Vaccine uptake and consent: what has changed since COVID-19?
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Vaccine uptake and consent: what has changed since COVID-19?

Nick Evans Health journalist

People with learning disabilities are considered an ‘at risk’ group for influenza and COVID, so how can nurses ensure they are vaccinated?

Rates of avoidable death are twice as high among people with learning disabilities than they are in the general population.

Learning Disability Practice. 27, 1, 7-9. doi: 10.7748/ldp.27.1.7.s4

Published: 08 February 2024

Respiratory problems are a major cause – despite the fact that people with learning disabilities have been eligible for the influenza vaccination for the past decade and have also been prioritised for COVID-19 immunisation.

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Picture credit: Tim George

People with learning disabilities under the age of 65 are classed as an ‘at risk’ group for influenza and are eligible for a vaccination from the NHS in all parts of the UK. The same is true for COVID-19 boosters.

Eligibility for vaccines

Everyone aged over 65 can get both vaccinations – although in Scotland universal eligibility for the vaccine starts at 50. Carers of people with learning disabilities are also entitled to both vaccinations.

People with learning disabilities are prioritised because they are particularly susceptible to winter respiratory viruses. Nine in ten have a long-term condition – and nearly half have three or more.

‘The evidence needs to be clear that carrying out the injection itself would not cause serious harm or distress compared with the impact of becoming critically unwell with COVID or flu’

Rebecca Crossley, senior clinical lead for children and young people with learning disabilities

But in terms of uptake, the picture is mixed. Data from winter 2022 show that 62% of people with severe learning disabilities had an influenza vaccination – the highest of all the at-risk groups, above those with conditions such as heart disease, diabetes and morbid obesity.

But once everyone with a learning disability is included the vaccination rate drops to 36%, the lowest of any at risk group. Both measures showed a small drop on the year before.

For COVID-19 vaccinations the numbers are much higher. Data from 2022 show more than 80% of people with learning disabilities had their booster.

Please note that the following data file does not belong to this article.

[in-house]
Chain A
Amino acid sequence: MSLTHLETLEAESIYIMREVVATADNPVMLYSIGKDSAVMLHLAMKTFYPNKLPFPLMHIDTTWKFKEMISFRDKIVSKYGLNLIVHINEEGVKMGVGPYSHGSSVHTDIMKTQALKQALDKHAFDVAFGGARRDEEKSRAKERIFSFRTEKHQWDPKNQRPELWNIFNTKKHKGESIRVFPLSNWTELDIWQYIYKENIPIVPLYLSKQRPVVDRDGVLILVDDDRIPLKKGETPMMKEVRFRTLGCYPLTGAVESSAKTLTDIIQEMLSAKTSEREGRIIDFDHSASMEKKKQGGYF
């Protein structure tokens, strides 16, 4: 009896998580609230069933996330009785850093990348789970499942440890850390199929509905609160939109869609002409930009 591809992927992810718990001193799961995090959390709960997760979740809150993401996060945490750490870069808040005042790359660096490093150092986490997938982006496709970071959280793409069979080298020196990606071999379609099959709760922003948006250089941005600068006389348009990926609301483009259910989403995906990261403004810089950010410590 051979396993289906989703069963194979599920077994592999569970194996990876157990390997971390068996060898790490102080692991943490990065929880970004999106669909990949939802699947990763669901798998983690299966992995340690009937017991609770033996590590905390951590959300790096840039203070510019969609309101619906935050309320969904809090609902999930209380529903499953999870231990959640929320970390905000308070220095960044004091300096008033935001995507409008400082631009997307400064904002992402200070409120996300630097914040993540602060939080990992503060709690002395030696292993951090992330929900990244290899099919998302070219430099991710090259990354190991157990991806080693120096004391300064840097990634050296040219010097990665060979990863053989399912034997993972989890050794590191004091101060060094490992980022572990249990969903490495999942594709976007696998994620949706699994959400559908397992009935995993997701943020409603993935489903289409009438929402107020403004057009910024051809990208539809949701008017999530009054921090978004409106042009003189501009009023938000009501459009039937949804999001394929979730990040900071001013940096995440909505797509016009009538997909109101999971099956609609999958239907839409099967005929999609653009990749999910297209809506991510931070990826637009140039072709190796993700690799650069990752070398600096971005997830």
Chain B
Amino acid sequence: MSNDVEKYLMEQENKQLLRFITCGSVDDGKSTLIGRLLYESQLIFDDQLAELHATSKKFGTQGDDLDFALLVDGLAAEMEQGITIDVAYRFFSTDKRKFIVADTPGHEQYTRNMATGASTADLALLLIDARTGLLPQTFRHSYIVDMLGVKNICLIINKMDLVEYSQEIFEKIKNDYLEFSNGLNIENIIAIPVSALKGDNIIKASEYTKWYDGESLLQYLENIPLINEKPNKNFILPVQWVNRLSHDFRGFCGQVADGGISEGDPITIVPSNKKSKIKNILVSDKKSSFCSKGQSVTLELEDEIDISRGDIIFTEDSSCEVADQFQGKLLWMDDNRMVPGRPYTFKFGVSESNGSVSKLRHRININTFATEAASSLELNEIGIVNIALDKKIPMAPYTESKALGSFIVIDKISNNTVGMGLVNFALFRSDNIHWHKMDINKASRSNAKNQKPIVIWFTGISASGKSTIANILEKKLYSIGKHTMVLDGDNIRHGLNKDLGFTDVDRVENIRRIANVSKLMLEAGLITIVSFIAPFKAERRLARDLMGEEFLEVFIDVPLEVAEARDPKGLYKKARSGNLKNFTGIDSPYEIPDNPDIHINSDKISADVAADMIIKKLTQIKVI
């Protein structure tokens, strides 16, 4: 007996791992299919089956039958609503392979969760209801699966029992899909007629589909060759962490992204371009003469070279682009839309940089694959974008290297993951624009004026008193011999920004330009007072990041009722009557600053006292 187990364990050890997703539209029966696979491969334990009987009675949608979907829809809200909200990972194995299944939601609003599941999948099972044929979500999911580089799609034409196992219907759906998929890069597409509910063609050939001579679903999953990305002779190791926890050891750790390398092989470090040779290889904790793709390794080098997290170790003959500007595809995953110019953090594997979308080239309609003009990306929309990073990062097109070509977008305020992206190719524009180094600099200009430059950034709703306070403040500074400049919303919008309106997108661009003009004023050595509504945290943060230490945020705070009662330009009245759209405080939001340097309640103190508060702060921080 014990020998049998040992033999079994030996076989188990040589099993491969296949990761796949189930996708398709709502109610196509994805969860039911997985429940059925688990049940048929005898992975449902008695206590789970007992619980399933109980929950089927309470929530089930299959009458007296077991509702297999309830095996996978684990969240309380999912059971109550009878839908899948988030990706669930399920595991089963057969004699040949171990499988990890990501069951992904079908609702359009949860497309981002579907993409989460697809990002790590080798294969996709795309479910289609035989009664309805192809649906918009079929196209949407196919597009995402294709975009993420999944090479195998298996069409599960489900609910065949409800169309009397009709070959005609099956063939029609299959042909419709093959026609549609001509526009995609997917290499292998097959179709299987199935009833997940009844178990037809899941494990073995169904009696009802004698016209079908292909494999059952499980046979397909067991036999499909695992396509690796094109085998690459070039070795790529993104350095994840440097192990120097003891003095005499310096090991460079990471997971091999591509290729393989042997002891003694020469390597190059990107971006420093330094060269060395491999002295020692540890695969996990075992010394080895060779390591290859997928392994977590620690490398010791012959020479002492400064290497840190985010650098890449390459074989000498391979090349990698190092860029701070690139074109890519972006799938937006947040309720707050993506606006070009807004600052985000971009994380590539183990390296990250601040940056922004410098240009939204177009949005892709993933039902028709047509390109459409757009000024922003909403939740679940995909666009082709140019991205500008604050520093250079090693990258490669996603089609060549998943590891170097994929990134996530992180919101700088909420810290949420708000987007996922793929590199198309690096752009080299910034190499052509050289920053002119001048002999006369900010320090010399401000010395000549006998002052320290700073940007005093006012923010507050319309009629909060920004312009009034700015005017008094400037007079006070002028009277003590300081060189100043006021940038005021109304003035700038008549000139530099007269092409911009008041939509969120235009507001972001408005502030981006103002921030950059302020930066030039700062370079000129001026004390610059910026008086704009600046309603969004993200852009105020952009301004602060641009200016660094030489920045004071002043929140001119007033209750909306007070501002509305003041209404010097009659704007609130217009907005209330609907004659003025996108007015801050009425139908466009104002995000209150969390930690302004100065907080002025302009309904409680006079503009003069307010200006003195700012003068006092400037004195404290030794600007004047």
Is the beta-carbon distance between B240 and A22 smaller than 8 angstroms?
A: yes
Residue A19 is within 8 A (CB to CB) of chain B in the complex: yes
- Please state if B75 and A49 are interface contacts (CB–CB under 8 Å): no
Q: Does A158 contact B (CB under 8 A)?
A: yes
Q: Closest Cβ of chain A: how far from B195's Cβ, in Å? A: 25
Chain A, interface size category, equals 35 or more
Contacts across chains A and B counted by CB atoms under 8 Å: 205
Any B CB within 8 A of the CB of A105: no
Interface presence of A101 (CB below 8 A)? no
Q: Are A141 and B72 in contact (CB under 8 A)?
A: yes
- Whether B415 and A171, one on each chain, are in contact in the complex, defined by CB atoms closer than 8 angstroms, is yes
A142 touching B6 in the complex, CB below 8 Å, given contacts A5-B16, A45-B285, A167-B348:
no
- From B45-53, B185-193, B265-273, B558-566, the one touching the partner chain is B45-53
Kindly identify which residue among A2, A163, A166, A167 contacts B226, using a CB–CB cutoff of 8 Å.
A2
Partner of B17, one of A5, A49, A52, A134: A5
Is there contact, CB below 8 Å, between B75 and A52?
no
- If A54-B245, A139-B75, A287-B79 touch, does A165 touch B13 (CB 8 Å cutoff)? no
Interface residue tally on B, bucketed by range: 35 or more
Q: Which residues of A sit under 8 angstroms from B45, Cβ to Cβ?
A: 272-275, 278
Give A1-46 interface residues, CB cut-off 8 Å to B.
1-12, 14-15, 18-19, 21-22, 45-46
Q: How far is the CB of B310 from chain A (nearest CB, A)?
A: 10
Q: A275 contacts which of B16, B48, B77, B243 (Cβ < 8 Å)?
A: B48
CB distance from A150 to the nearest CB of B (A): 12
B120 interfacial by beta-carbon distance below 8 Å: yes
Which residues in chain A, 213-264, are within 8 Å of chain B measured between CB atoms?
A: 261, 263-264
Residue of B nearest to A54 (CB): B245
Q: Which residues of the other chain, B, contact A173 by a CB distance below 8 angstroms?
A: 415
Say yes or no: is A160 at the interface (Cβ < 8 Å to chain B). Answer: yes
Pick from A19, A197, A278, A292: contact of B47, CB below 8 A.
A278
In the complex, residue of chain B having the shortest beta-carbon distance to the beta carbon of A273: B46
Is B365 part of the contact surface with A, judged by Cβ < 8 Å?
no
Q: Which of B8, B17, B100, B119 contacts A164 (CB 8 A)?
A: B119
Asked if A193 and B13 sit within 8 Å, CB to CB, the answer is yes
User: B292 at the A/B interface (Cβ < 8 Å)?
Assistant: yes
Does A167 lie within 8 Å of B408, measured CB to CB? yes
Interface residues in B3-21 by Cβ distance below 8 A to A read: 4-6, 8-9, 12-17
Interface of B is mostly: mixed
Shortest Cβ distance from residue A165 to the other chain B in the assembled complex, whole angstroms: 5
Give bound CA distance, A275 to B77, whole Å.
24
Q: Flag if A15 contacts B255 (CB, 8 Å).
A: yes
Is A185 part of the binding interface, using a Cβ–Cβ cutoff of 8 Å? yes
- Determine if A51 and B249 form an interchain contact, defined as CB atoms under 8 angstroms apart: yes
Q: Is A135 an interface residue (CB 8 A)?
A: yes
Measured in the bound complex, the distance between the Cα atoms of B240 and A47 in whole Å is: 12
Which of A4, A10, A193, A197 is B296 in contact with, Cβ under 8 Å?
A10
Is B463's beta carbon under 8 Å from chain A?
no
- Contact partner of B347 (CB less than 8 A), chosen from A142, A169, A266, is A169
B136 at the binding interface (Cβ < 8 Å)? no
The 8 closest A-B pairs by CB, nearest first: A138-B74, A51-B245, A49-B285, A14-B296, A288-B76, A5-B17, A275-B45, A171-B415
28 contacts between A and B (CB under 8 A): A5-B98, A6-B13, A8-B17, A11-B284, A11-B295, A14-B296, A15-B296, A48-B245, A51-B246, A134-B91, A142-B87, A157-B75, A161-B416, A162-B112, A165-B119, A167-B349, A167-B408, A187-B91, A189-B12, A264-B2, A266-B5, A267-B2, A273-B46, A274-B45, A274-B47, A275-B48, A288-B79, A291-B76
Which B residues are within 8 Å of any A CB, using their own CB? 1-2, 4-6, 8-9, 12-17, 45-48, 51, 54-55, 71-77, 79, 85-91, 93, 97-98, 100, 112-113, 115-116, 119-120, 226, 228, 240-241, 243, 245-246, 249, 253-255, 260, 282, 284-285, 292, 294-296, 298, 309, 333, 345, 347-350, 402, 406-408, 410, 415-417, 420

There is a legal obligation for reasonable adjustments to be put in place to ensure that people with learning disabilities have equal access to healthcare services.

Reasonable adjustments

For vaccination this can include everything from providing easy-read leaflets about why it is important to be immunised, to offering longer visits and adjustments to the way the clinic runs.

Dan Scorer, head of policy at the charity Mencap, says that services are still not doing enough to accommodate people with learning disabilities. ‘The failure to make reasonable adjustments in healthcare is still a major issue that needs to be addressed, even though it is a fundamental right in the Equality Act 2010,’ he says.

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Vaccinations can now be done in people’s homes

Picture credit: iStock

Services need to become more innovative and learn from some of the good work that has been developed, says Mr Scorer.

‘The pandemic brought about some highly creative best practice, such as administering vaccinations at home or in people’s cars instead of clinical settings. We should be building on that.’

Reasonable adjustments to make when administering vaccinations

  • 1. Offer appointments at the beginning or end of the day when it is less busy

  • 2. Set aside quieter areas for waiting

  • 3. Carry out a pre-assessment to find out if the patient has a needle phobia

  • 4. Offer influenza vaccinations as a nasal spray if needed

  • 5. Consider using a numbing cream

  • 6. Be prepared to take steps to hide the needle, such as using a screen around the arm

  • 7. Distraction can be useful, such as listening to music or playing a game on a phone

Source: Mencap

Pre-COVID practices

RCN professional lead in learning disability nursing Jonathan Beebee agrees but says: ‘I do worry though that now that moment has passed, the adapted vaccination clinics have stopped and we’re drifting back to pre-COVID practices.

‘People are confused too. The messaging about COVID-19 and other winter viruses has toned down and they are not considered as scary as they were.’

Mr Beebee says there are steps that should be taken to make vaccination easier and more accessible.